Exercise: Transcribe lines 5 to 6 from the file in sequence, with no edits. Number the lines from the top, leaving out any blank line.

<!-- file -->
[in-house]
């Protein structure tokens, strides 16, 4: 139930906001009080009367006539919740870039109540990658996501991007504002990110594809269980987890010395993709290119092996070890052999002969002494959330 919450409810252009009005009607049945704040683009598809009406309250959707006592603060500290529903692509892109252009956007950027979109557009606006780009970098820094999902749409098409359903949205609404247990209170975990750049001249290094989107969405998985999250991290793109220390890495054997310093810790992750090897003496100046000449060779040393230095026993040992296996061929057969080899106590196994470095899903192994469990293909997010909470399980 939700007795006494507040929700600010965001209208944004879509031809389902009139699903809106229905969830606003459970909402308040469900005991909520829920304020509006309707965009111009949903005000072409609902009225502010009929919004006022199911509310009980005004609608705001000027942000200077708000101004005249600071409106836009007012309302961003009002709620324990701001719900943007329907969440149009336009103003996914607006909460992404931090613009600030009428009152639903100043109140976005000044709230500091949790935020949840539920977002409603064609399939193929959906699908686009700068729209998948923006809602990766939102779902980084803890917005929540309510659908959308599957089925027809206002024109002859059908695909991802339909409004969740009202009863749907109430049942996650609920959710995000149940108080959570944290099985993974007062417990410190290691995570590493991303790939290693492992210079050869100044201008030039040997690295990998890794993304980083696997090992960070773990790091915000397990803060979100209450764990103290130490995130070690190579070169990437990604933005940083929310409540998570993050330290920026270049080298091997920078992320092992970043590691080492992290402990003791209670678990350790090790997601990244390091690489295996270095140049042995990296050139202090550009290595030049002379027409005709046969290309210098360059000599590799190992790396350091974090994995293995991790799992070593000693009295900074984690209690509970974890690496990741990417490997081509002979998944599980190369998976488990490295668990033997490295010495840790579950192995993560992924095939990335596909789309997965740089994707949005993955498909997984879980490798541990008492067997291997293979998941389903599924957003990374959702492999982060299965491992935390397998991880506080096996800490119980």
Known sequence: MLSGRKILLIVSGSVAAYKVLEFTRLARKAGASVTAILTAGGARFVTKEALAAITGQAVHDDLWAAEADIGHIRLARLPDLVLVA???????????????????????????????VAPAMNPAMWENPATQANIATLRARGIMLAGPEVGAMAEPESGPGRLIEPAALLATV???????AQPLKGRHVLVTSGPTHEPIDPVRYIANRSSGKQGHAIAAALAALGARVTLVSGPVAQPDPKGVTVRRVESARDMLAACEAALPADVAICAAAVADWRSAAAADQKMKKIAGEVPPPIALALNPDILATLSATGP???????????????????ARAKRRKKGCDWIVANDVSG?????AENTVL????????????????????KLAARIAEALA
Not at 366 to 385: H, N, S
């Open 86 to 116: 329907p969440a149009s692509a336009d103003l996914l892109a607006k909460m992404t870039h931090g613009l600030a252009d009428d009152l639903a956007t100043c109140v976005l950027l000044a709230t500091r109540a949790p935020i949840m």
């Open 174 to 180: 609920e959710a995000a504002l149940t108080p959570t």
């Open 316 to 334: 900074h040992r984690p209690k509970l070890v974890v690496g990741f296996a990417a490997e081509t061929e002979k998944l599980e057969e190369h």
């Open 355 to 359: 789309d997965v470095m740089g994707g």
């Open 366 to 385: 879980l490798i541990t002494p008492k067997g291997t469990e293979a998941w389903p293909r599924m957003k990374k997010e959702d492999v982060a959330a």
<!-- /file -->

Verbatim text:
């Open 86 to 116: 329907p969440a149009s692509a336009d103003l996914l892109a607006k909460m992404t870039h931090g613009l600030a252009d009428d009152l639903a956007t100043c109140v976005l950027l000044a709230t500091r109540a949790p935020i949840m």
């Open 174 to 180: 609920e959710a995000a504002l149940t108080p959570t």